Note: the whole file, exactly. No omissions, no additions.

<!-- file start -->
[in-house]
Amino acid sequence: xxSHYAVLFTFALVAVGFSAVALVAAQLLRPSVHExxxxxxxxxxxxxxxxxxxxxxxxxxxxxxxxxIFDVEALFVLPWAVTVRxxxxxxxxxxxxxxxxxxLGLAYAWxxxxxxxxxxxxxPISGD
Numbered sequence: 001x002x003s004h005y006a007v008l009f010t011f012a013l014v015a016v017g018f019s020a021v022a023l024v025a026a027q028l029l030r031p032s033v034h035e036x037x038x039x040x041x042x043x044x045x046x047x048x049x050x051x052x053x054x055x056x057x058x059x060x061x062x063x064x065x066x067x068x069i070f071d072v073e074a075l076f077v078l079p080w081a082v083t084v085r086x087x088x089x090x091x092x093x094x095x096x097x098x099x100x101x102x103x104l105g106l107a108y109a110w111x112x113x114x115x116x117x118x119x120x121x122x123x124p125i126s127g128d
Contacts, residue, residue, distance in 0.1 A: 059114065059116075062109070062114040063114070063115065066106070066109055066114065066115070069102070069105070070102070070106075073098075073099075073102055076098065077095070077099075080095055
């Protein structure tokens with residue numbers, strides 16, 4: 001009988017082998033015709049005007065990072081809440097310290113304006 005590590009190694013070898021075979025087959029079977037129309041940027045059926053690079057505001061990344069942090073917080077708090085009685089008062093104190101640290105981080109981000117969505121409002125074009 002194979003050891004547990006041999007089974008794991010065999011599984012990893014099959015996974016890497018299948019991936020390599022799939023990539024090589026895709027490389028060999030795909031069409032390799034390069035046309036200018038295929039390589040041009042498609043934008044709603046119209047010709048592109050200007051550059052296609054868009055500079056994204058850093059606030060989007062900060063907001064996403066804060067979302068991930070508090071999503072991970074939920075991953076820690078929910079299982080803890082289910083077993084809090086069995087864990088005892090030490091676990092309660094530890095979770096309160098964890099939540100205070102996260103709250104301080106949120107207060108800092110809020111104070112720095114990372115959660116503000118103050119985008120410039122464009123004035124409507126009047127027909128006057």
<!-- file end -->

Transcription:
[in-house]
Amino acid sequence: xxSHYAVLFTFALVAVGFSAVALVAAQLLRPSVHExxxxxxxxxxxxxxxxxxxxxxxxxxxxxxxxxIFDVEALFVLPWAVTVRxxxxxxxxxxxxxxxxxxLGLAYAWxxxxxxxxxxxxxPISGD
Numbered sequence: 001x002x003s004h005y006a007v008l009f010t011f012a013l014v015a016v017g018f019s020a021v022a023l024v025a026a027q028l029l030r031p032s033v034h035e036x037x038x039x040x041x042x043x044x045x046x047x048x049x050x051x052x053x054x055x056x057x058x059x060x061x062x063x064x065x066x067x068x069i070f071d072v073e074a075l076f077v078l079p080w081a082v083t084v085r086x087x088x089x090x091x092x093x094x095x096x097x098x099x100x101x102x103x104l105g106l107a108y109a110w111x112x113x114x115x116x117x118x119x120x121x122x123x124p125i126s127g128d
Contacts, residue, residue, distance in 0.1 A: 059114065059116075062109070062114040063114070063115065066106070066109055066114065066115070069102070069105070070102070070106075073098075073099075073102055076098065077095070077099075080095055
């Protein structure tokens with residue numbers, strides 16, 4: 001009988017082998033015709049005007065990072081809440097310290113304006 005590590009190694013070898021075979025087959029079977037129309041940027045059926053690079057505001061990344069942090073917080077708090085009685089008062093104190101640290105981080109981000117969505121409002125074009 002194979003050891004547990006041999007089974008794991010065999011599984012990893014099959015996974016890497018299948019991936020390599022799939023990539024090589026895709027490389028060999030795909031069409032390799034390069035046309036200018038295929039390589040041009042498609043934008044709603046119209047010709048592109050200007051550059052296609054868009055500079056994204058850093059606030060989007062900060063907001064996403066804060067979302068991930070508090071999503072991970074939920075991953076820690078929910079299982080803890082289910083077993084809090086069995087864990088005892090030490091676990092309660094530890095979770096309160098964890099939540100205070102996260103709250104301080106949120107207060108800092110809020111104070112720095114990372115959660116503000118103050119985008120410039122464009123004035124409507126009047127027909128006057």